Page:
Why should growers care about GAP?
Consumers are demanding to know more about food safety practices than ever before. Foodborne related illness are increasingly linked to a major increase in public awareness, and many growers and handlers are now being required to demonstrate a commitment to food safety through third party audits, known as a Good Agricultural Practices (GAP) certification. By incorporating GAP into farm businesses, growers can yield food in a safer way while working to expand their business and access new markets.
GAP is also one of the fundamental components of the NYS Grown and Certified Program. NYS Grown and Certified promotes and markets the New York State producers that are meeting the new consumer demand for high quality food. Learn more about NYS Certified here.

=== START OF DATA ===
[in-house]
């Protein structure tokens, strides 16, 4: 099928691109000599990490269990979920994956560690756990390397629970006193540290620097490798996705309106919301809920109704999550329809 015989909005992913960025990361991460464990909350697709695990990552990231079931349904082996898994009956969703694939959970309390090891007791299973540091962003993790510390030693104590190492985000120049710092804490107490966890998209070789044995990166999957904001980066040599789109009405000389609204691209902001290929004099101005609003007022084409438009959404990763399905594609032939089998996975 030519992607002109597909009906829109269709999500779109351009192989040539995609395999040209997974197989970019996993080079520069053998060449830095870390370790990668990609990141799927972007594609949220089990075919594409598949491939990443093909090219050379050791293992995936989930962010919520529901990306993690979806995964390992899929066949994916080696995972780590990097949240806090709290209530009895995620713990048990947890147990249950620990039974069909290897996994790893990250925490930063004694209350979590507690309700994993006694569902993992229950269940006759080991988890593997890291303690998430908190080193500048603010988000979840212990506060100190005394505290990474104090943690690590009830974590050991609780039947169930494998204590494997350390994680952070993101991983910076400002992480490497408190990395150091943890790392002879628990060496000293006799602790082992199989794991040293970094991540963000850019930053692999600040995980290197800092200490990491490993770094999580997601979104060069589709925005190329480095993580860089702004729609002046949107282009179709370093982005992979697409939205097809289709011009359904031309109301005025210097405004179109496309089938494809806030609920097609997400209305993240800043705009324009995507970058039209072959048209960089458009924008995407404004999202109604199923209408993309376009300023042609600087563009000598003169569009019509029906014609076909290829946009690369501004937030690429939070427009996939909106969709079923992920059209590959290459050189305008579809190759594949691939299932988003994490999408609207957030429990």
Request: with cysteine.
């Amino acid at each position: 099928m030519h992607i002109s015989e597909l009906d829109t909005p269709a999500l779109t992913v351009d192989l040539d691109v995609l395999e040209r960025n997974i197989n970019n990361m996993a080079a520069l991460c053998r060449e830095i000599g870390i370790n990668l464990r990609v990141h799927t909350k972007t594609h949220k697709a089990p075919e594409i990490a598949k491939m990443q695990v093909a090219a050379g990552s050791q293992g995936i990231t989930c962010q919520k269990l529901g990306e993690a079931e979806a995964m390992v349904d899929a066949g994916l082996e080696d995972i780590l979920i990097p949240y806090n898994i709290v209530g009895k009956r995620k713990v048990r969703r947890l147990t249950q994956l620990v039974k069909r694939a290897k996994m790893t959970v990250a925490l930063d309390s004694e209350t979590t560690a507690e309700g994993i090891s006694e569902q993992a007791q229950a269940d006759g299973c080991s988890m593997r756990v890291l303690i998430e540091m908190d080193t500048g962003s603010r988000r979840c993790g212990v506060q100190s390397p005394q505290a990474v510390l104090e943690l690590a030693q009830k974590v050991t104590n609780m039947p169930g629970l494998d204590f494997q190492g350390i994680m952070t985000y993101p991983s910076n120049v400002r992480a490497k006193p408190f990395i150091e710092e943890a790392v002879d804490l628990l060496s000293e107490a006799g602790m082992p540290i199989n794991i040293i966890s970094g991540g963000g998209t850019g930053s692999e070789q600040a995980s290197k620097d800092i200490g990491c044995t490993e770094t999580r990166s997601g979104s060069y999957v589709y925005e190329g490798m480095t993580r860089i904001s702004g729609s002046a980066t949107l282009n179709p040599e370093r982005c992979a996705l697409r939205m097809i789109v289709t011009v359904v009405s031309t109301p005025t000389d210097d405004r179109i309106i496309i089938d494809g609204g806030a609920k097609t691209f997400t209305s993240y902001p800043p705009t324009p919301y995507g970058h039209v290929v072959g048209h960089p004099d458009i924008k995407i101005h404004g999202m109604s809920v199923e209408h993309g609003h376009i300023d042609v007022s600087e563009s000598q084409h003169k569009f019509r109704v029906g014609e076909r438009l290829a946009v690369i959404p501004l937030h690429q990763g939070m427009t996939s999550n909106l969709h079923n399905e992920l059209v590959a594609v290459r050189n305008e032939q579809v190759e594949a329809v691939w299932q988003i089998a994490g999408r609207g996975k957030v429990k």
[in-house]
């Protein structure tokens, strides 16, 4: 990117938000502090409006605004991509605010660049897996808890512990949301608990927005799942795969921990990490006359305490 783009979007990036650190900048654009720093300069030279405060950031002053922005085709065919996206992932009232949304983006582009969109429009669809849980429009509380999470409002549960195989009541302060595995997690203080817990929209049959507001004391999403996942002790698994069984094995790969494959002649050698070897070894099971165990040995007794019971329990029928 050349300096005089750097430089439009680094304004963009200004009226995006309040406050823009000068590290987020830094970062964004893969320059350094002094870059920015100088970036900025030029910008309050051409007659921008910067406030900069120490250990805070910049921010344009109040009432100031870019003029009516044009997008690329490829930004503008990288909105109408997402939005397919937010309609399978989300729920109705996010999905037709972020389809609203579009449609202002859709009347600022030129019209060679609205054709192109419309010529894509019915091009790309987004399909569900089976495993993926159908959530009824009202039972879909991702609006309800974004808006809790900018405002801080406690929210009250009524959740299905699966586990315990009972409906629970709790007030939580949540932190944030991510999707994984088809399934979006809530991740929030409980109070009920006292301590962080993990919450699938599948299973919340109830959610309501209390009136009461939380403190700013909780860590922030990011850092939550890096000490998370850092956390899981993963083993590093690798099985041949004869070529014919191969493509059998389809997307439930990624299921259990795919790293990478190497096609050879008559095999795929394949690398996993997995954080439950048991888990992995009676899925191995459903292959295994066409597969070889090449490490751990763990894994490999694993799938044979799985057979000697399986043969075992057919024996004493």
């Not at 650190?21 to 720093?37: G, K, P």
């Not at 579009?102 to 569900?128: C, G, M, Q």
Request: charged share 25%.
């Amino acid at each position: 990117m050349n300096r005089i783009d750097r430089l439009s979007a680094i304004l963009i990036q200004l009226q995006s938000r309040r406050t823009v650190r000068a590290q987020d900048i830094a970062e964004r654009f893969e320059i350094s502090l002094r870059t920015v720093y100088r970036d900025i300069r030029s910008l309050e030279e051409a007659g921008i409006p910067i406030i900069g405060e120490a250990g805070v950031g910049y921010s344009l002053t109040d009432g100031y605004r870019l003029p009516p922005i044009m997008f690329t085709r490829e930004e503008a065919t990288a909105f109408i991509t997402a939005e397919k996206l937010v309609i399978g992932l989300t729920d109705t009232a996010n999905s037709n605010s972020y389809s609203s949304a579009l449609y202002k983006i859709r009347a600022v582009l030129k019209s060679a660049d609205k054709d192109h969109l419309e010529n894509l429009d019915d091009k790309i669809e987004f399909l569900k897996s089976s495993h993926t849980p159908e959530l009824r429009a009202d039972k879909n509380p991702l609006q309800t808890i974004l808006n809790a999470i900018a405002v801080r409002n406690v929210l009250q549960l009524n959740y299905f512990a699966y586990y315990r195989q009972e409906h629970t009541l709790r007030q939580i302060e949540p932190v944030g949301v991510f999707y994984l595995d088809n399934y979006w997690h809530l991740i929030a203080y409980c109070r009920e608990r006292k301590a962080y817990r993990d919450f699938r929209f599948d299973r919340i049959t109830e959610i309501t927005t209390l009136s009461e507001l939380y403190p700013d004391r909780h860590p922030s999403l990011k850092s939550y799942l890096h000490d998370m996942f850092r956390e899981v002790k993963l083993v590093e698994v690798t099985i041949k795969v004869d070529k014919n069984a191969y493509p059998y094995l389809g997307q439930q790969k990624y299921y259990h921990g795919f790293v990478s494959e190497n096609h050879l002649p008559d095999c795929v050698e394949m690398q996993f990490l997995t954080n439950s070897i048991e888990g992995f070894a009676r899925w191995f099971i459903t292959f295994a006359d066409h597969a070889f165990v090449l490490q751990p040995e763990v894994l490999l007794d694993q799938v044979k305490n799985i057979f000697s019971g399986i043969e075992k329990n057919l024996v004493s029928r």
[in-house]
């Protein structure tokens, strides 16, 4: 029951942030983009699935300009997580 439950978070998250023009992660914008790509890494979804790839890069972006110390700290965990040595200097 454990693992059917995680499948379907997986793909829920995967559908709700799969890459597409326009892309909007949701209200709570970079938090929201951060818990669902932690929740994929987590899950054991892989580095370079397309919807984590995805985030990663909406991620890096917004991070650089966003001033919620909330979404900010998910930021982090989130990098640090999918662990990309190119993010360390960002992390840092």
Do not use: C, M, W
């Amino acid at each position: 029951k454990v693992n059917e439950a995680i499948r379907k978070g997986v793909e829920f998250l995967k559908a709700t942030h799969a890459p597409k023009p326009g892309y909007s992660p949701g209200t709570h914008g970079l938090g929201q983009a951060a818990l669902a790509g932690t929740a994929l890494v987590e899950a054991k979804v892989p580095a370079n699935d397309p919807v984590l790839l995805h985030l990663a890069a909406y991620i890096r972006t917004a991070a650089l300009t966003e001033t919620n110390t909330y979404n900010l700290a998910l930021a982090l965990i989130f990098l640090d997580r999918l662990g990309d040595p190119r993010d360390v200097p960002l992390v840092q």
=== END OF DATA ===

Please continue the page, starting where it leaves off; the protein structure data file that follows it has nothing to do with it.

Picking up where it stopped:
The Food Safety Modernization Act, enacted in 2011, charged the U.S. Food and Drug Administration (FDA) with developing regulations to establish safe growing, harvesting, packing and holding standards for farms that fall under the Produce Safety Rule. The Produce Safety Rule encompasses farms that grow produce meant to be consumed without additional processing, like many fresh fruits and vegetables.
The USDA GAP audit is based on the FDA’s Guide to Minimize Microbial Food Safety Hazards for Fresh Fruits and Vegetables. Although the USDA audit is part of a voluntary audit program, meaning that it does not have a regulatory function, it may help farms prepare for potential regulation from the Food Safety Modernization Act.